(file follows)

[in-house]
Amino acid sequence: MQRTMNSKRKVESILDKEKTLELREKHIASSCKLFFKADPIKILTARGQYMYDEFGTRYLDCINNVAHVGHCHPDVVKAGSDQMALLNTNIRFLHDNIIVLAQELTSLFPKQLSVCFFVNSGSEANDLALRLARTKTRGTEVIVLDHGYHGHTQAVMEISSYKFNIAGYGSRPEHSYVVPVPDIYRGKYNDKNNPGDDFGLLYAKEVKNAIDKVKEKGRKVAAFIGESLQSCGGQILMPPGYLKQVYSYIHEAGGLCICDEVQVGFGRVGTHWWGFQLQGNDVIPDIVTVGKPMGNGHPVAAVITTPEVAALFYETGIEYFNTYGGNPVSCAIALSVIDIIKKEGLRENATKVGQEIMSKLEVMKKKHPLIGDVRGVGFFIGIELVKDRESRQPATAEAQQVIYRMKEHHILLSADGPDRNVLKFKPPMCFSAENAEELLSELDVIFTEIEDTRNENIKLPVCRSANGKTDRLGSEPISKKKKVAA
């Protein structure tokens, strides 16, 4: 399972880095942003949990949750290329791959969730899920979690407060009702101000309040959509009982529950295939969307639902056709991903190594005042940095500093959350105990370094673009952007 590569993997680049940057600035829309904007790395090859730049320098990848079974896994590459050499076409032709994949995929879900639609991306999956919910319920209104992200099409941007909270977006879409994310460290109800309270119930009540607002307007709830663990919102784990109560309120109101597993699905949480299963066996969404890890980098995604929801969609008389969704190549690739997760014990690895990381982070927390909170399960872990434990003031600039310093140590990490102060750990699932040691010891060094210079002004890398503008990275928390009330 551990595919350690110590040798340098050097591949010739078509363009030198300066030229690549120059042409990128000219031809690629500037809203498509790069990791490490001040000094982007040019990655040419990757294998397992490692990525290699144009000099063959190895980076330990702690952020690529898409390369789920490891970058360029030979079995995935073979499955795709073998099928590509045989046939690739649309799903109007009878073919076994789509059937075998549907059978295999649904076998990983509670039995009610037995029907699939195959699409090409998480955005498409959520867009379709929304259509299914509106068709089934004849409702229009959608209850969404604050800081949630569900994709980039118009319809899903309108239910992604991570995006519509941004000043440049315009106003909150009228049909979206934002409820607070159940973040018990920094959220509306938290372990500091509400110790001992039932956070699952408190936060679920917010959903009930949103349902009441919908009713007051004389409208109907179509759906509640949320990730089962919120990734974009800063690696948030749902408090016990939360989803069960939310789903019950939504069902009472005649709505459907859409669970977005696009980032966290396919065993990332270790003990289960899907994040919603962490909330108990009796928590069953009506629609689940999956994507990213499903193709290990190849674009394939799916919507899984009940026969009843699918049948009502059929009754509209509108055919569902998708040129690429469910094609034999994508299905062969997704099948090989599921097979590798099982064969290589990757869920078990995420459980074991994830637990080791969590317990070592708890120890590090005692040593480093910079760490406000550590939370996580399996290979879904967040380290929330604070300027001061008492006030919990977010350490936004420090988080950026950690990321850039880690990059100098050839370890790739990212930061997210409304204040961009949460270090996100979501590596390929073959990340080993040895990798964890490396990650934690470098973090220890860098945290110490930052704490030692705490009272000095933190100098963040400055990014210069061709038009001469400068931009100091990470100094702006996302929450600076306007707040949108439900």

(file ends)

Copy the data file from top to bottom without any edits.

[in-house]
Amino acid sequence: MQRTMNSKRKVESILDKEKTLELREKHIASSCKLFFKADPIKILTARGQYMYDEFGTRYLDCINNVAHVGHCHPDVVKAGSDQMALLNTNIRFLHDNIIVLAQELTSLFPKQLSVCFFVNSGSEANDLALRLARTKTRGTEVIVLDHGYHGHTQAVMEISSYKFNIAGYGSRPEHSYVVPVPDIYRGKYNDKNNPGDDFGLLYAKEVKNAIDKVKEKGRKVAAFIGESLQSCGGQILMPPGYLKQVYSYIHEAGGLCICDEVQVGFGRVGTHWWGFQLQGNDVIPDIVTVGKPMGNGHPVAAVITTPEVAALFYETGIEYFNTYGGNPVSCAIALSVIDIIKKEGLRENATKVGQEIMSKLEVMKKKHPLIGDVRGVGFFIGIELVKDRESRQPATAEAQQVIYRMKEHHILLSADGPDRNVLKFKPPMCFSAENAEELLSELDVIFTEIEDTRNENIKLPVCRSANGKTDRLGSEPISKKKKVAA
């Protein structure tokens, strides 16, 4: 399972880095942003949990949750290329791959969730899920979690407060009702101000309040959509009982529950295939969307639902056709991903190594005042940095500093959350105990370094673009952007 590569993997680049940057600035829309904007790395090859730049320098990848079974896994590459050499076409032709994949995929879900639609991306999956919910319920209104992200099409941007909270977006879409994310460290109800309270119930009540607002307007709830663990919102784990109560309120109101597993699905949480299963066996969404890890980098995604929801969609008389969704190549690739997760014990690895990381982070927390909170399960872990434990003031600039310093140590990490102060750990699932040691010891060094210079002004890398503008990275928390009330 551990595919350690110590040798340098050097591949010739078509363009030198300066030229690549120059042409990128000219031809690629500037809203498509790069990791490490001040000094982007040019990655040419990757294998397992490692990525290699144009000099063959190895980076330990702690952020690529898409390369789920490891970058360029030979079995995935073979499955795709073998099928590509045989046939690739649309799903109007009878073919076994789509059937075998549907059978295999649904076998990983509670039995009610037995029907699939195959699409090409998480955005498409959520867009379709929304259509299914509106068709089934004849409702229009959608209850969404604050800081949630569900994709980039118009319809899903309108239910992604991570995006519509941004000043440049315009106003909150009228049909979206934002409820607070159940973040018990920094959220509306938290372990500091509400110790001992039932956070699952408190936060679920917010959903009930949103349902009441919908009713007051004389409208109907179509759906509640949320990730089962919120990734974009800063690696948030749902408090016990939360989803069960939310789903019950939504069902009472005649709505459907859409669970977005696009980032966290396919065993990332270790003990289960899907994040919603962490909330108990009796928590069953009506629609689940999956994507990213499903193709290990190849674009394939799916919507899984009940026969009843699918049948009502059929009754509209509108055919569902998708040129690429469910094609034999994508299905062969997704099948090989599921097979590798099982064969290589990757869920078990995420459980074991994830637990080791969590317990070592708890120890590090005692040593480093910079760490406000550590939370996580399996290979879904967040380290929330604070300027001061008492006030919990977010350490936004420090988080950026950690990321850039880690990059100098050839370890790739990212930061997210409304204040961009949460270090996100979501590596390929073959990340080993040895990798964890490396990650934690470098973090220890860098945290110490930052704490030692705490009272000095933190100098963040400055990014210069061709038009001469400068931009100091990470100094702006996302929450600076306007707040949108439900």